Gradually you realize that what was talking to you was not The Mountain to begin with — it was within you. The Mountain just allowed you to see it and understand it. Now you are seeing more clearly and you have realized from where the voice had come all along.

You grow still older and the voice of The Mountain within you becomes clearer, even as The Mountain above the town moves in and out of darkness, shadow and mist. While you still don't feel that you "know" what The Mountain knows, you feel in tune with a rhythm and you stay quiet so that you can always hear it in the background of your mind. The Mountain is with you always now.

Sometimes young people seek you out to ask you about The Mountain. They remind you of yourself at a younger time, so eager and insistent. You tell them as much as you think they can handle. For some you speak at length. For some you ask hard questions. For some you just smile and say nothing. There is a sense within that tells you how much to say to each, and you follow it.

Several more years go by. The voice of The Mountain that comes from within is your constant companion, and you are careful to always keep your ears sharp and listen for its voice.

Despite your commitment to be vigilant, one day you strain to hear The Mountain, but once again it is gone. You are scared that, once more, you have lost The Mountain. Yet you still feel The Mountain. You know The Mountain. But the voice is no longer there. You strain to hear something, but there is only silence. You are confused at what you are doing that has led to the loss of the most valuable thing in your life and you grieve to think that this voice that has guided you through your whole life might be gone forever. As you try to image what the voice within would say about this latest loss you find that you already know what is happening. From somewhere within it comes to you that the voice is no longer there because it is no longer necessary — the Mountain is now a part of you. Not hovering near you. Not speaking from somewhere within you. It is just ... part of you ... and you are part of it ... and you cannot explain what has happened, but you know that it has taken place. You have never felt so deeply peaceful, happy, and complete.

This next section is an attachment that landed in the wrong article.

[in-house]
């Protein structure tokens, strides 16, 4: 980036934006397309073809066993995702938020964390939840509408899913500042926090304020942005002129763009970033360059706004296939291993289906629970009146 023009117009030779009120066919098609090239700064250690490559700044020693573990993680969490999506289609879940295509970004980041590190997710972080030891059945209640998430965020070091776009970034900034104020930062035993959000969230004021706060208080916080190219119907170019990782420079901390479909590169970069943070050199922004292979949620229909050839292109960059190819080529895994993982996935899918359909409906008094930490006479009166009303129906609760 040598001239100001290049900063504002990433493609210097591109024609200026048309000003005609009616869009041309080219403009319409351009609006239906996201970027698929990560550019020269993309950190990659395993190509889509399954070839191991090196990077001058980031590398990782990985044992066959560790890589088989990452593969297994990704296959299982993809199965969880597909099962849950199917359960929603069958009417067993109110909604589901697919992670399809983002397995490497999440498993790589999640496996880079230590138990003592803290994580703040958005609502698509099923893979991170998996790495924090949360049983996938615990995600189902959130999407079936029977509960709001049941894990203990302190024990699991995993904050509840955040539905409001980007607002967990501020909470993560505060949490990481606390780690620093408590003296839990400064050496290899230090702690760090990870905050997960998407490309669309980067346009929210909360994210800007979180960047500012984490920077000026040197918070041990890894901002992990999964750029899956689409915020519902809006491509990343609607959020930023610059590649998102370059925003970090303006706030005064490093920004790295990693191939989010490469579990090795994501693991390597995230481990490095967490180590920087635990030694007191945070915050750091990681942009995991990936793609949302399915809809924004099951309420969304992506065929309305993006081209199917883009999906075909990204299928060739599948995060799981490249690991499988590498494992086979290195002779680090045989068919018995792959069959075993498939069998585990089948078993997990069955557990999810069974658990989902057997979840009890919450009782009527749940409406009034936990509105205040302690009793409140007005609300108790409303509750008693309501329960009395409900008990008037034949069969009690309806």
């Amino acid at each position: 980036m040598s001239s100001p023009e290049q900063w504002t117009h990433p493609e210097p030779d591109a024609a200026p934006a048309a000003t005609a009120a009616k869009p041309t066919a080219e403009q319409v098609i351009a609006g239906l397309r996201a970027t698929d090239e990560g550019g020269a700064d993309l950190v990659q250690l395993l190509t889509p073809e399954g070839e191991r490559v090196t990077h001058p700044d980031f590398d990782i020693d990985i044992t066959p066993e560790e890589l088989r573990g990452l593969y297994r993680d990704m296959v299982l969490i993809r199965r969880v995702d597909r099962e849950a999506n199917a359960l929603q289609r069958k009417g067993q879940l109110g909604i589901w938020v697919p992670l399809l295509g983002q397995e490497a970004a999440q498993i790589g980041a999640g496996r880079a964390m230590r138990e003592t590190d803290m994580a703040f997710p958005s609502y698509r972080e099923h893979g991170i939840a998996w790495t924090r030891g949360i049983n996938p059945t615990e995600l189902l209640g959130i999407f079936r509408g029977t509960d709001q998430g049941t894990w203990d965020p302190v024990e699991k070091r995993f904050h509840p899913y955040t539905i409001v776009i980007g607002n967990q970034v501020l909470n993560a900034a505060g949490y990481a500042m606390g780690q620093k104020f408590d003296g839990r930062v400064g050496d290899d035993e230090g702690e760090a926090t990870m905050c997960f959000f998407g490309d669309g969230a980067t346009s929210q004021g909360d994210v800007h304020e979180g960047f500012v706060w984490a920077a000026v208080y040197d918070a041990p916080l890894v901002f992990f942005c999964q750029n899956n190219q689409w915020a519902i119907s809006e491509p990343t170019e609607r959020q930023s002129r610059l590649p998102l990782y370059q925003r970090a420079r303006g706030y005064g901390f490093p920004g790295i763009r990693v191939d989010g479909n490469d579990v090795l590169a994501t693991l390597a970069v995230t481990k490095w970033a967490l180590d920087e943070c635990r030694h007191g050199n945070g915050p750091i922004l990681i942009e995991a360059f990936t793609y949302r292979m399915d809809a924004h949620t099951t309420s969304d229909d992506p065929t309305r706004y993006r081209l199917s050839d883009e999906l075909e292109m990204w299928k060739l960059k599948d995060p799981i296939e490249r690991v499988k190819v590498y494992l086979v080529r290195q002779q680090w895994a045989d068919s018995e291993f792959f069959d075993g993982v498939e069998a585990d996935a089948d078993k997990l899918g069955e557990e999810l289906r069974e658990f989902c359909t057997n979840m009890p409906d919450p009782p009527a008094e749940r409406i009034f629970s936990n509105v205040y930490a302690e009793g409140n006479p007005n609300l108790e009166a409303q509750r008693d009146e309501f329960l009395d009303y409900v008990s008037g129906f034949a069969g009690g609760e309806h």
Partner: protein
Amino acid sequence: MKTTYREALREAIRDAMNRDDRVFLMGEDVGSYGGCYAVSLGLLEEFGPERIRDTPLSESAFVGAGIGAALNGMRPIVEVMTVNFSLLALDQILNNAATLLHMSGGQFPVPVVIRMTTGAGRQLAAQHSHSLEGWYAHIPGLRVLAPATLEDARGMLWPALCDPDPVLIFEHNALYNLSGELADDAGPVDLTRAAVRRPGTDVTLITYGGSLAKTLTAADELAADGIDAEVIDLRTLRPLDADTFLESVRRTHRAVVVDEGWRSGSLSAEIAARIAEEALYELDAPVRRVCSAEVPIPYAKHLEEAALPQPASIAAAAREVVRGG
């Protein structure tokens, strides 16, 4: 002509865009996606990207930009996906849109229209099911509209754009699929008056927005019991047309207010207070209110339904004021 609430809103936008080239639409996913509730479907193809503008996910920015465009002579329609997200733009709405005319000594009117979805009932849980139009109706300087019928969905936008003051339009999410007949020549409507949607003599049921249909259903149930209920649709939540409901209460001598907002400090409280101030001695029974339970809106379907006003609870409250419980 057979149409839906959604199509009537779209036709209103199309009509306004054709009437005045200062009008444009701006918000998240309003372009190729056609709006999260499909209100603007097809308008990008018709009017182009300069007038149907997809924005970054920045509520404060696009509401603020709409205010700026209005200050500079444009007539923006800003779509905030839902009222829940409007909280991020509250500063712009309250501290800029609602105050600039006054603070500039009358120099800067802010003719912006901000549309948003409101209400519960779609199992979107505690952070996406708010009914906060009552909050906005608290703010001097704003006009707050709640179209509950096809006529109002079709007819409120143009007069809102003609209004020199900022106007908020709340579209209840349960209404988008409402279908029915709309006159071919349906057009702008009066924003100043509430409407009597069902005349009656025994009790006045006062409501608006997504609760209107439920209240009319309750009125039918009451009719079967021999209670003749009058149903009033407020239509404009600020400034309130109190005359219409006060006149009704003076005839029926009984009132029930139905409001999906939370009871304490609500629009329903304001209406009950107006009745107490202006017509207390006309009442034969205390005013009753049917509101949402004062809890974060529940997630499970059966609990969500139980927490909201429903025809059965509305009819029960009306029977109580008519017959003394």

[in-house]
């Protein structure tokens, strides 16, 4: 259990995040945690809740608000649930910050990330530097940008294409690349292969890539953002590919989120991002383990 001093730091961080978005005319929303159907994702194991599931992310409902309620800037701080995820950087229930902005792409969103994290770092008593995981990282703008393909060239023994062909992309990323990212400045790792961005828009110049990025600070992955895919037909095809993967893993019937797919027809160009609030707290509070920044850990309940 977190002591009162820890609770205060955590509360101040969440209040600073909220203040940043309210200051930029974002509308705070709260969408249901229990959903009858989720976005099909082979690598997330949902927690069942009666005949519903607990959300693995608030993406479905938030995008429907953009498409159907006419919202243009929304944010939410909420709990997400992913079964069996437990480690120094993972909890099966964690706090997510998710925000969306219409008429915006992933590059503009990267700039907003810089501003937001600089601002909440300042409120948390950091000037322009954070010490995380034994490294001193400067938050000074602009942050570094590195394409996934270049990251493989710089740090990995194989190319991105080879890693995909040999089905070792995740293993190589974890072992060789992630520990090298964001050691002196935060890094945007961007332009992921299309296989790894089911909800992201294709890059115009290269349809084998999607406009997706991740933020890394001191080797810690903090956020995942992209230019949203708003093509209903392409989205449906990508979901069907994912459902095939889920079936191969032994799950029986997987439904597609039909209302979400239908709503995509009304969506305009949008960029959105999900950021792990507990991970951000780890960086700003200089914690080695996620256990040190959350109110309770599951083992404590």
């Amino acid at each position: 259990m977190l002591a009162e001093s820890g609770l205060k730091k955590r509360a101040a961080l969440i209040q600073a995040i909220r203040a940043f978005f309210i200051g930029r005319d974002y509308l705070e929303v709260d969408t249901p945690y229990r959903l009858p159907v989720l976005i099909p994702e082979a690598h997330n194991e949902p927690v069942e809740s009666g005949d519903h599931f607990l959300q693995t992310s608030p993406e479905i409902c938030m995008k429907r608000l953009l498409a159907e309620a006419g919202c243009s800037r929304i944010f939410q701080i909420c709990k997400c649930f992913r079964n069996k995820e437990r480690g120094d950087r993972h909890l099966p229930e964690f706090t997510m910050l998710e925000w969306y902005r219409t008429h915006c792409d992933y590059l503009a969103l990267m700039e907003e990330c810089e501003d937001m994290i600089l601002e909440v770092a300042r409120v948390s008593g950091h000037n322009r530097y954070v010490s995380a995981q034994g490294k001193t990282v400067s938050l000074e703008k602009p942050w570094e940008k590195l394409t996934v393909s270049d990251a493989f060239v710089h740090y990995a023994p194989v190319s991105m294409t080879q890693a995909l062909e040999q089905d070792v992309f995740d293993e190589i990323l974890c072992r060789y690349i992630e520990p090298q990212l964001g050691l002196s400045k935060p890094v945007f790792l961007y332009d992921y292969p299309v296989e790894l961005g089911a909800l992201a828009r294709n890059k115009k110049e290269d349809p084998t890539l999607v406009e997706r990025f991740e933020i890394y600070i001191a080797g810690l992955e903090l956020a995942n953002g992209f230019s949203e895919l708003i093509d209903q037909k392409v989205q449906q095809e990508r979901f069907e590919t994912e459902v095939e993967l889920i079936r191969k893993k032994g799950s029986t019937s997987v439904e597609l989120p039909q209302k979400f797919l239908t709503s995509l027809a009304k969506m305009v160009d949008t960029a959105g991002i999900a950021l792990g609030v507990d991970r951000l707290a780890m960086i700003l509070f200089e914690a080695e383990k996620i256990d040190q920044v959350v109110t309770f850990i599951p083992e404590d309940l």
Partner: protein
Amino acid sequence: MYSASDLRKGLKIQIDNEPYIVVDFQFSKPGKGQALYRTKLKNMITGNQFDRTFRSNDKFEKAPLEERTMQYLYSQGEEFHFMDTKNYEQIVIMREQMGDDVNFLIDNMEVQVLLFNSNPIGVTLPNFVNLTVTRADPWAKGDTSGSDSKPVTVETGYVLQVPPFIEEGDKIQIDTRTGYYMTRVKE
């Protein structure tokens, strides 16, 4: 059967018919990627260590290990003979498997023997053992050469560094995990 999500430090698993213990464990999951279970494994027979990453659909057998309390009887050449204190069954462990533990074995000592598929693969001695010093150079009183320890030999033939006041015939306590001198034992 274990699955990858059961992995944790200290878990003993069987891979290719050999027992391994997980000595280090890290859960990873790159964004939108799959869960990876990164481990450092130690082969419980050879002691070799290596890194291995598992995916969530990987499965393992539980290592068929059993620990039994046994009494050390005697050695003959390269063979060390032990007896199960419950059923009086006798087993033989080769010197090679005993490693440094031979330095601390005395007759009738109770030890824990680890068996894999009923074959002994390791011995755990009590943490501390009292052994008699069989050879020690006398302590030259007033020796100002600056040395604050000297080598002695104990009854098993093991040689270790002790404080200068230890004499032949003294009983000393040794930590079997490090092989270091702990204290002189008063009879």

You no longer ponder what The Mountain wants you to do because you know. And each day you do the things that you want to do. The both of you. The One of you. You continue living your life, and you are at complete peace.

You continue to live and work, but somehow the 'work' has ceased to be work. You feel that you are doing what you want to and you know what to do now. When it is done, you know what to do next. There is no pushing from something more. There is no missing piece. You feel complete.

One day, many years after you were born, you are sick and cannot get out of bed. Your family gathers around you. On that day you lie in your bed look through the window and there is The Mountain. As you gaze at The Mountain you feel the world around you. You feel yourself and you are there. You feel the valley in which the village sits and you are there. You feel the streams that run through it and the hills that rise above it and you are there. You feel The Mountain. You feel the other mountains around it. You feel the villages, clinging to their flanks. You feel the people in each village. You feel those hills slope down to the sea, and you feel the endlessness of the ocean that stretches off to the horizon. You feel it all, and it is a part of you. You are a part of it. It is as if there is no separation any more and the land, sky, sea, and people flow through you.

You feel that part of yourself that you left on top of The Mountain all those years ago. That part is with you too. And you are with it. On top of The Mountain.

With your eyes fixed on The Mountain, the life that is within you moves on.

Your body is carried from your home by your family and close friends. A crowd gathers to say goodbye as a noted person of the village is laid to rest within a small hill in the shadow of The Mountain. The people around your grave talk about you and tell stories of your life, and many of them refer to your love of The Mountain.

Some look toward The Mountain with curiosity.

Some look toward The Mountain with reverence.

Some look toward The Mountain with conviction.

Some appear focused on something within themselves.

Some see nothing but a lifeless body and a lifeless rock.

You are no longer there, but The Mountain remains.

The Mountain has always existed.